Monday, 20 September 2010

Wot, no rain?!!!

The Safari was relieved not to get wet on Patch 1 this morning after over 24 hours of non-stop heavy rain. With all that rain getting us down we forgot to lift our spirits by talking like a pirate all day yesterday – hope none of you forgot too.
Just one of the Peregrines was on the water tower and that soon headed of eastwards into the gloomy dawn. We were able to monitor its progress through the cries of alarm coming from the local gulls on the rooftops.
It was soon obvious that there were a few Robins about and this morning they outnumbered Blackbirds 2-1, with at least 14 and seven respectively. Three Wrens sang at each other from the dark depths of the shrubbery.
On the way back we had our best view of a Fox for a long time. Due to the horrendous weather we had left the early morning little camera at home not wanting to get it any wetter, but we don’t think we’d have been able to get it out of the pocket, turned on and focused in the time before Frank spotted the Fox and shot off after it like a rocket. What he would have done to it had he caught up with it is open to question but as he sniffed around the bushes where it disappeared his tail was wagging so much we though it might actually come loose and fly off!

Hitting Patch 2 after letting a particularly heavy downpour pass over it was something of a disappointment after the unprecedented seabird extravaganza of last week – almost all of which we missed! Only about 50 Common Scoters were knocking about on the rising tide doing their ‘no idea where we want to be’ thing; I’m going this way, you’re going that way, why are they going over there? What’re the odds on us getting a Velvet Scoter before Christmas – longer than ‘Pool winning the Premiership probably?
A Red Throated Diver heading into the estuary was our first of the season.
Back on the sea wall at lunchtime we met a couple from Lincolnshire who said they’d been there for about half an hour and not had anything other than the Common Scoters. They also said that they’d spoken to a couple of other lads who had been out for an hour before them and they too had had very little. It didn’t look good, but hey, it wasn’t raining and it wasn’t cold so we thought we give it a go for a quarter of an hour at least.
First up we were checking the mooching Common Scoters for something more exciting – there wasn’t anything to get the pulse racing…well there wouldn’t be would there?
A Guillemot came in from the north and remarkably put its landing gear down and flopped onto the sea next to one that was already there that we hadn’t seen – how do they find each other in such an expanse of seemingly featureless water – smell?
Then we had the weird one! The light was good, nice and flat with no shadows, but the sea was still very choppy when we picked up a Manx Shearwater coming towards us from the south spending most of its time out of sight in the troughs. The wind was due west so the waves were parallel to the shore putting anything in the troughs temporarily out of view. This bird was fairly close inshore, only a few waves beyond the breakers which were still just about reaching the toe of the wall. When it was closer was saw it wasn’t a Manxie at all, quite a bit smaller and with a much less cruciform shape, wings much more sharply angled at the elbow, recalling a very small skua. Uniformly dark, but perhaps not quite black, above with maybe a hint of a paler tail and rump but that could have been an effect of the light as it went passed us with the light now behind it. The flight wasn’t quite ‘Manxie’ either if you know what we mean, the bird’s jizz wasn’t right - the way it moved through the waves was just ‘wrong’ …and then it was gone…we never did get to see anything of the underside…total viewing time about a minute; total time in view about 10 seconds! Certainly something we’ve never seen before anywhere in the world but what was it? Answers/suggestions on a post-card please.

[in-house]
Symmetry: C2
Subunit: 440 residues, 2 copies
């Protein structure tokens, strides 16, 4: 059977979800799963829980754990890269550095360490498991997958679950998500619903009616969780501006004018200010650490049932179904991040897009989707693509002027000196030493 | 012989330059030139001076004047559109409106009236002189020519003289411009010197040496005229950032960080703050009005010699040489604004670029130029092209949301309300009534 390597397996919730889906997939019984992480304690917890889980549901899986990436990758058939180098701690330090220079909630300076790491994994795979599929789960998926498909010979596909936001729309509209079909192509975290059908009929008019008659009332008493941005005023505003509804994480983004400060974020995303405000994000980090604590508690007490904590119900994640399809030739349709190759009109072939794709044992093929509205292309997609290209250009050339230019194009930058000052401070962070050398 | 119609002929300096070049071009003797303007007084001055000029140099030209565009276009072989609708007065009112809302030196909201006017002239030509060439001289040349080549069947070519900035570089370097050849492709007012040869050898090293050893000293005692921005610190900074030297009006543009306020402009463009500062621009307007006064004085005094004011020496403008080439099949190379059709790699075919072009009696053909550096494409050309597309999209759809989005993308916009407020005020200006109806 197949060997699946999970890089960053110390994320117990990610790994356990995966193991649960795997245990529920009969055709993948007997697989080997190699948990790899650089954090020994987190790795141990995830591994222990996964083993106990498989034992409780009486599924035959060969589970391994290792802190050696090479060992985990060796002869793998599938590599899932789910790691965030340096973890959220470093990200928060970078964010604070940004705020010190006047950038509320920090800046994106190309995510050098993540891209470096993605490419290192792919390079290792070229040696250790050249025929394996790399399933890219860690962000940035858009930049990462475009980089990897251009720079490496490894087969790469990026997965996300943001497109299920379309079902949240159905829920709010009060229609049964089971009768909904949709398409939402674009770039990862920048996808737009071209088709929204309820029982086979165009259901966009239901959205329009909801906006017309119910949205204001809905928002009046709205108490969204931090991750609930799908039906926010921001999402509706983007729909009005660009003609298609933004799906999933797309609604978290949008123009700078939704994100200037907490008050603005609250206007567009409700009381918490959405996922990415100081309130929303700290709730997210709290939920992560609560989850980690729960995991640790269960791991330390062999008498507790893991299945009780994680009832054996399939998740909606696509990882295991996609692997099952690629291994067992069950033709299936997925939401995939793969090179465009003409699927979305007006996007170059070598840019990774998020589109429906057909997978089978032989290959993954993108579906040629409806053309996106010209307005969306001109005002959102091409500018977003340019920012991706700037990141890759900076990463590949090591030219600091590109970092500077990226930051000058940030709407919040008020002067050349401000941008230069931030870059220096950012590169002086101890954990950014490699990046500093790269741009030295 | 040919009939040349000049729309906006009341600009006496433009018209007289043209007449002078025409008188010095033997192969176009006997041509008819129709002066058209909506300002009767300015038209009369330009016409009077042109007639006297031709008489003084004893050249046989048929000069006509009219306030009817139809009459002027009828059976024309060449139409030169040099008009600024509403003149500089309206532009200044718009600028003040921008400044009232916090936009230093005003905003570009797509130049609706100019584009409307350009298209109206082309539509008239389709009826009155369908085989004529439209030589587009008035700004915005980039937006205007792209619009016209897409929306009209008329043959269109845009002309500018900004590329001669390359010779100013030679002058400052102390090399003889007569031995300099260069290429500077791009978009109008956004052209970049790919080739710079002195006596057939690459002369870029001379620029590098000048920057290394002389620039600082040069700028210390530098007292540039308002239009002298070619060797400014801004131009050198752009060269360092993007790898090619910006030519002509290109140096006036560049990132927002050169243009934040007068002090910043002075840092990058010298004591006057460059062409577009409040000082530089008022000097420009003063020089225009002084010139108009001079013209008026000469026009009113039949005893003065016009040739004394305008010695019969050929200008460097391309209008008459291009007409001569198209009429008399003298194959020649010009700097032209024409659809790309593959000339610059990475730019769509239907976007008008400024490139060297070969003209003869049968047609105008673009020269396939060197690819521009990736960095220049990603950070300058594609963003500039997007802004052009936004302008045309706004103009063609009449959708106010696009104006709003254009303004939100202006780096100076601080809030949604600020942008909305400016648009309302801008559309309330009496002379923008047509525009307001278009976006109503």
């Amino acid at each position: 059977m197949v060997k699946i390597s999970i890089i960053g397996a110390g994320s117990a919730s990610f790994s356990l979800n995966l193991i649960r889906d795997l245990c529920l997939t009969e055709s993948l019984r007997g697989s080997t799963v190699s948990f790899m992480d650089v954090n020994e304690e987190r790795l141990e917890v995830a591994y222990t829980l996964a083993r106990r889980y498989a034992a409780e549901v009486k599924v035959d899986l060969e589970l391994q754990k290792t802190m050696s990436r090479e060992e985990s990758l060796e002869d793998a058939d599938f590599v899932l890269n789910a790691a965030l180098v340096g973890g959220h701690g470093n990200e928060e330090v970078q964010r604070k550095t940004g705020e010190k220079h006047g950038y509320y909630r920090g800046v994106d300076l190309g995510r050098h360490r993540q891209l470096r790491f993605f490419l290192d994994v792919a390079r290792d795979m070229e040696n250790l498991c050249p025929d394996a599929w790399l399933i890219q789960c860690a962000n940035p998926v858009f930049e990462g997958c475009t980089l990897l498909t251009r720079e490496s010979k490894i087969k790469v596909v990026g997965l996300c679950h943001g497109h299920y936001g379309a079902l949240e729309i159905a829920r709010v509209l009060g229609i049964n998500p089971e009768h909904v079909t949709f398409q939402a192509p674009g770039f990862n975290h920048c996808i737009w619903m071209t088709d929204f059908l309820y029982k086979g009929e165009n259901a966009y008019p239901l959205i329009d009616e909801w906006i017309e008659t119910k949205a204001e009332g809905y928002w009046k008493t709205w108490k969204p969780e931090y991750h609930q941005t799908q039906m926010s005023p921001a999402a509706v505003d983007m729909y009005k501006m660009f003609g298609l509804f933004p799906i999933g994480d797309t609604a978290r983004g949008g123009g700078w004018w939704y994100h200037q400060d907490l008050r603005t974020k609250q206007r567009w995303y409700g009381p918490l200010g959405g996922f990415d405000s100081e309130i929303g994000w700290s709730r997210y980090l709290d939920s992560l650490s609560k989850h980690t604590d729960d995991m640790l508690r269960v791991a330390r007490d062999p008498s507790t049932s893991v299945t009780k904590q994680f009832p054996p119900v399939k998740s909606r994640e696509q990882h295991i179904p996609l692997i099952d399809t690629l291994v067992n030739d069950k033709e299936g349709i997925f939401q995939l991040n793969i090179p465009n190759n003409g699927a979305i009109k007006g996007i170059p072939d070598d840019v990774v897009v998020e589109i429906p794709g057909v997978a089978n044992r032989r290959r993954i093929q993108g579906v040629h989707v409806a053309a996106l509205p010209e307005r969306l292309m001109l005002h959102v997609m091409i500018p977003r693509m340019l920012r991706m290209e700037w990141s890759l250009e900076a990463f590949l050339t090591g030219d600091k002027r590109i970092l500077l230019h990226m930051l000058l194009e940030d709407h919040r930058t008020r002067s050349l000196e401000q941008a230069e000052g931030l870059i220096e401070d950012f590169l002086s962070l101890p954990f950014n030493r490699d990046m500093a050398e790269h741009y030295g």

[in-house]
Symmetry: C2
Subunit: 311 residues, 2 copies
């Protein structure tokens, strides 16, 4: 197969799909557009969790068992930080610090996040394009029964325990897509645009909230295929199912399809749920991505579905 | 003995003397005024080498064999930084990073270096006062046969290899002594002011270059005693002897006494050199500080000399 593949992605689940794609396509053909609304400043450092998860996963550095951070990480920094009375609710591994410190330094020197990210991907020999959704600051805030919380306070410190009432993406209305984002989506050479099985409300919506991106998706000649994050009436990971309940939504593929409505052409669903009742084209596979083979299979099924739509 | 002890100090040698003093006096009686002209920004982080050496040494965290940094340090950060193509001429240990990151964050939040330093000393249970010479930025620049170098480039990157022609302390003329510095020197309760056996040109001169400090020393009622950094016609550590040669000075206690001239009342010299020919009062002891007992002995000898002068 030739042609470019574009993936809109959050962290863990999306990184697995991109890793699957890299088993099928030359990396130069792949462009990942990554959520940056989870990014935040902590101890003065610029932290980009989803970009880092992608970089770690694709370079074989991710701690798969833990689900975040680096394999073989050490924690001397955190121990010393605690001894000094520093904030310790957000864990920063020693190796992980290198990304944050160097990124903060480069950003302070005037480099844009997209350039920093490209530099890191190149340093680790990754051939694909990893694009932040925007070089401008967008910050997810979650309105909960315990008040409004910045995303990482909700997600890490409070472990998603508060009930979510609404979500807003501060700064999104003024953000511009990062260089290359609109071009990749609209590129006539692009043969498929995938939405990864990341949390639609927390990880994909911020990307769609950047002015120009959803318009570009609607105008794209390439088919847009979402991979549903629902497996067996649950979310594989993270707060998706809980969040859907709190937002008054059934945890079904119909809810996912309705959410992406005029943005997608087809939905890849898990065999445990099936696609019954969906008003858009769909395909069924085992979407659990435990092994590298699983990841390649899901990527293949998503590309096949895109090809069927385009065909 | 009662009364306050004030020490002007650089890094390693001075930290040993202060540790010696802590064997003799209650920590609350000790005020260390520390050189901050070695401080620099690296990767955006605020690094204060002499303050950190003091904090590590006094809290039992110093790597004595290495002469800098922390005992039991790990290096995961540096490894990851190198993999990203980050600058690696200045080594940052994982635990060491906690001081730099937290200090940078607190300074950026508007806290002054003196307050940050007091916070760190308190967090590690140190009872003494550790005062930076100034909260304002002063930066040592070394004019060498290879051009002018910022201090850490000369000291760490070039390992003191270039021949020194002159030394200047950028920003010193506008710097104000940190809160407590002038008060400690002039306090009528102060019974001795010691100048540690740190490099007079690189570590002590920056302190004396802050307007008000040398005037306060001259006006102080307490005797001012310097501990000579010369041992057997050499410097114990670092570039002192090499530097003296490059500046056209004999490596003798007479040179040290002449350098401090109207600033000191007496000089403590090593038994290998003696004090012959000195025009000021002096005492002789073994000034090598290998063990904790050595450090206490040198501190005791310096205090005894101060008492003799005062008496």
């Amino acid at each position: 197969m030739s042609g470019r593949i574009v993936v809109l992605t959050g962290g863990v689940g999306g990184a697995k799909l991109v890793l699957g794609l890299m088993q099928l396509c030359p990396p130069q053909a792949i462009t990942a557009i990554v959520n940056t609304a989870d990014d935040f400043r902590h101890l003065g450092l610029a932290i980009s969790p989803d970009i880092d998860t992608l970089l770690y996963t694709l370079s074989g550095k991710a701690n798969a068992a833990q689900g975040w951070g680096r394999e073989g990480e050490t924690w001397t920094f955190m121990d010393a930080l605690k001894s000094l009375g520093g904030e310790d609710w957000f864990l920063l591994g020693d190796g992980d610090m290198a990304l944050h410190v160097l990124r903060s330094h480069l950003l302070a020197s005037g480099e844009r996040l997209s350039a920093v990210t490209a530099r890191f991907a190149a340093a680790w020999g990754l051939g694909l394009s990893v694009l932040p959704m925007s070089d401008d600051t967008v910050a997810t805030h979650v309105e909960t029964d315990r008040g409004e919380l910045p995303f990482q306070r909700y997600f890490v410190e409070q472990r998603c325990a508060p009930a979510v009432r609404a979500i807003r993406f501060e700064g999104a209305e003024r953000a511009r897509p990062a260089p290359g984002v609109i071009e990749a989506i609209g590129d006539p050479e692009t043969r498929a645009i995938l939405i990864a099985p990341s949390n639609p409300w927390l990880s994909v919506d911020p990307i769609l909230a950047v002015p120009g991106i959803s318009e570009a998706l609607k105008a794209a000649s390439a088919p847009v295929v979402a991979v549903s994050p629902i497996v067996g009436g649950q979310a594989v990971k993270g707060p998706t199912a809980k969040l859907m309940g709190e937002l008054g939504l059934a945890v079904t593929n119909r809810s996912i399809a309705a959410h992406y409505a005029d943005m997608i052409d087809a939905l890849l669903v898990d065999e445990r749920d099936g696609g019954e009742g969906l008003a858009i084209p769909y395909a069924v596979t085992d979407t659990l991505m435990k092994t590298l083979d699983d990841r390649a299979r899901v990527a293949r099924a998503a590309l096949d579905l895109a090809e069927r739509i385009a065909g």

Whilst following the flight-line of that we picked up a Leach’s Petrel coming towards us…excellent stuff and well worth sticking it out for more than the intended quarter hour.
What followed was the best view of a Leach’s we have ever had. For about five minutes it jinked, fluttered, hovered, and flitted in and out and over the lessening waves just behind the surf, no more than a hundred yards from us, appearing to picking tiny bits of ??? from the surface, doing the pattering thing, at times it seemed to be using its feet as an extra brake dragging them in the water to hold itself still. Exceptional views. Then it ‘tumbled’ into a trough and was gone. No chance of getting a pic but for some ‘proper’ pics of Leach’s have a look here and here.
The sun came out and looking south the light became awful. As the tide started to drop a bit more and leave a bit of beach the gulls began feasting on the thousands of Starfish that had been washed up; a Great Black Backed Gull waited for the Herrings to find a particularly tasty morsel he could steal.

We gave it a few more scans but with picking up nothing other than the regular Common Scoters and a few Cormorants we called it a day humbled to have witnessed one of those miniscule ocean travellers going about its business – we wish it, and all its storm ravaged chums, a safe trip down to the South Atlantic
Where to next? Maybe something a bit different tomorrow afternoon.
In the meantime let us know what’s been pitter-pattering through your outback.